At Senso-ji, there is a procession with the statue borne on the back of a huge white elephant made of something like papier mache. (A sacred beast in Buddhism, a white elephant appeared to the Buddha-to-be's mother in a dream before his birth.) Included in the procession are various monks, lay groups associated with the temple, and--my favorites--the kids from the temple's kindergarten dressed in traditional costumes from the Heian Period (794-1185) to accompany the herons.
Two scenes from the Shirasagi-no-Mai: dancers and the dance
The what? The herons. The Shirasagi-no-Mai or "White Heron Dance" is held on the second Sunday in April, and again in the autumn, on November 3rd (which is "Culture Day"). It was my good fortune that in 2001, the second Sunday in April happened to be April 8th, so I got two festivals for the effort of one.
Also dating back to the Heian--the last period of classical Japanese history--the dance was first performed at Senso-ji as early as 1652, and restored in 1968, the 100th anniversary of the Meiji Restoration. Herons, incidentally, are revered for their ability to navigate between the "three worlds" of air, earth, and water.
Eight young women wear tall herons' heads atop their own; white wigs simulate feathers running down to the girls' bodies, which bear huge white wings. Their faces are painted white, with red eyeliner simulating the herons' markings.
The girls with their attendants--a bird feeder with confetti "food," a baton twirler, and a person with a parasol who will act as the axis of the dance--process up Nakamise Dori, through the Hozomon gate, and--after a profound bow to the "secret Buddha" inside the hondo--turn left to an open space where the dance takes place.
It. Is. Amazing. Imagine something like a slow, stately square dance performed by giant birds, swooping, raising their wings, and cavorting gracefully in near-human style--occasionally pausing to "peck the feed" from the ground, all accompanied by live traditional music.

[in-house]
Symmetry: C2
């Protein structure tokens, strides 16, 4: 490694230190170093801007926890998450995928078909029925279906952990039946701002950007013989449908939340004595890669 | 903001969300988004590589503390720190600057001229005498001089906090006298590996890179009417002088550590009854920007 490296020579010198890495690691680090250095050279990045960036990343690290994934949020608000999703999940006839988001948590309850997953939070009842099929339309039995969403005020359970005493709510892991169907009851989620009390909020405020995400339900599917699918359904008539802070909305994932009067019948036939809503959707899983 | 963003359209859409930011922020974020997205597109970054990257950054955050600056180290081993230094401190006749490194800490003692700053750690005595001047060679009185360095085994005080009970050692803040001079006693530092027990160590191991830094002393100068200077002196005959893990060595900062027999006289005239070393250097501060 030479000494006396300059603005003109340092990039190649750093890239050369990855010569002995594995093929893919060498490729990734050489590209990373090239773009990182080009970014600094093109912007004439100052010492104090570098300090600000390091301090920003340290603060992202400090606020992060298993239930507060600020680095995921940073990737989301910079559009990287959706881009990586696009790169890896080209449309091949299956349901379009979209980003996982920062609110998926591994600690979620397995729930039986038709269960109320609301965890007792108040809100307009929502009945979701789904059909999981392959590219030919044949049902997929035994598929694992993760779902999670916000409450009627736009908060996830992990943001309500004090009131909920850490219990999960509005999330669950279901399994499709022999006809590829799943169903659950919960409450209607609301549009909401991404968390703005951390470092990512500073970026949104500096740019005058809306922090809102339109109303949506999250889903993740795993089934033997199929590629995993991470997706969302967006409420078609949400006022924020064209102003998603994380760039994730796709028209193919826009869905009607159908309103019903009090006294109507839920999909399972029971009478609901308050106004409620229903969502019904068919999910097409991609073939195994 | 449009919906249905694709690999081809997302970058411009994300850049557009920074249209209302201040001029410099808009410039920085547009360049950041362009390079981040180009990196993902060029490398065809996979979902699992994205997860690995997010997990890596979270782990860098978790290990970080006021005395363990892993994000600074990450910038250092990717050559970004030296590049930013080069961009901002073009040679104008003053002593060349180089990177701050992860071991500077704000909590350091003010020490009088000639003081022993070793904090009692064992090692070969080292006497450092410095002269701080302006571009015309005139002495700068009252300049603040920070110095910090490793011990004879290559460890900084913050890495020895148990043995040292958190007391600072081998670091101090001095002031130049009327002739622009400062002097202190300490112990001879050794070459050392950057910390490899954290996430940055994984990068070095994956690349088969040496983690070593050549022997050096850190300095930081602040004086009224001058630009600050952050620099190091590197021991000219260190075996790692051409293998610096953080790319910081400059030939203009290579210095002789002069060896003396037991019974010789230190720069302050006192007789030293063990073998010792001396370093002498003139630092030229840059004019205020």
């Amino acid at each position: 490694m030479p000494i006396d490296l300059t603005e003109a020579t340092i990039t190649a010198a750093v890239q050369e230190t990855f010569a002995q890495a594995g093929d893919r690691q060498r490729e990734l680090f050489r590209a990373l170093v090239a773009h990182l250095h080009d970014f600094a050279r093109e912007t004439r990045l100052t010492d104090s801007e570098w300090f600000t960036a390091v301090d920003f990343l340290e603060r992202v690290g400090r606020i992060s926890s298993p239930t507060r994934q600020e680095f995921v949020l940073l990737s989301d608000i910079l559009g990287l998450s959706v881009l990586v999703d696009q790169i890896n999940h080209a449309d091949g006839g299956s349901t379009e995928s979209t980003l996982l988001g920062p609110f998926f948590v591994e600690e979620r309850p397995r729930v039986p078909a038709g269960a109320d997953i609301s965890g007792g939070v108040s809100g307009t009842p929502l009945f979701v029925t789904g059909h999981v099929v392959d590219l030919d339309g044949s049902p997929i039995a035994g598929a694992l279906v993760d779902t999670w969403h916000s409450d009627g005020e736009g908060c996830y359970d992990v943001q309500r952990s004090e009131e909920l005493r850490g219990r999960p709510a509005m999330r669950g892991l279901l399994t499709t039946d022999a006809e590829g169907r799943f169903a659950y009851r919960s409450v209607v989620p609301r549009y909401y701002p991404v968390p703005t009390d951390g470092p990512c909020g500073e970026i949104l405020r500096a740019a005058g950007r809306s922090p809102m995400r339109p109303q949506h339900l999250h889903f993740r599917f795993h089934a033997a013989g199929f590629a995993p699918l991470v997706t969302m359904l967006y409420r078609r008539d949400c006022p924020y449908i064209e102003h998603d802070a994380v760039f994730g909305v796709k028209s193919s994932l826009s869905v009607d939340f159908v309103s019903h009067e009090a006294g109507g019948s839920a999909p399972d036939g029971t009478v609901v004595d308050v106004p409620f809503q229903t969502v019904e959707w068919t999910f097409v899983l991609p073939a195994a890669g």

Two scenes from the Sanja Matsuri: The Kaminarimon is raised to allow the passage of a mikoshi; the yakuza protect the shrine.
And now for something completely different. Hana Matsuri is sweet and touching; Shirasagi-no-Mai is graceful and elegant. Sanja Matsuri, the "Festival of the Three Shrines," is raucous and potentially violent.
The festival honors the three men--the two fishermen and the village chief--who founded Senso-ji in the 7th century. Peculiarly (to Western minds, at least) the three are honored at a Shinto shrine on the grounds of the temple--sort of like having a Jewish temple on the grounds of a mosque.
On the third weekend in May, portable shrines, called mikoshi, are brought out of Asakusa Shrine by crews and paraded around the neighborhood. This is no stately procession, however. In the midst of 1.5 to 2 million visitors over the three-day event, the mikoshi, taking different routes through the neighborhoods, will occasionally encounter each other, and proceed to ram each other! (I was taking a picture and my friend Chika was gently trying to tell me to move; at last she body-checked me just before my head got caught between two of these one-ton, $400,000 holy objects!) It takes about 40 people to carry them, shaking and rocking them to release more of the "power"; around 500 rotate through the honor for each shrine. (I carried one once, a story for another day. Easy it ain't.)
What the well-dressed yak wears to a festival
Let's add a little color to this account--literally: It's usual to have people up on the shrines' framework to stabilize the "box" in all this rocking. At Asakusa, these people are not uncommonly men with tattoos over nearly every inch of their bodies, a fact made obvious by the fact that they're wearing nothing but a fundoshi, the diaper-like thong seen on sumo wrestlers. I have read that these men are yakuza, members of Japan's organized crime syndicates, and they certainly looked the part, right down to the punch-permed hair. But I was told at the time these were in fact carnival workers--a tough and shady class no less so than the traditional American "carny."
Anyway, Sanja Matsuri is something that every Japanophile should witness... once.
Well, that's going to about do it. Thanks for following me around one of the places where, like Tony did in San Francisco, "I left my heart."
Until next time, may you and your loved ones and all sentient beings be well and happy.
Why do you think religious institutions feel compelled to make up origin stories that "test" well with their market? Isn't solid teaching on how to live a good life enough?
Does a very secular shopping arcade belong inside a temple? How do you think the temple management justifies it?
I'd love to know your thoughts--and more importantly, your feelings--about the devastating 1945 bombing of Tokyo. (Mine are conflicted!)
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In the next episode: Join me for a "new tradition," my first-ever Friday Photo Essay, this time showcasing a few small temples out in the eastern district of Shenzhen.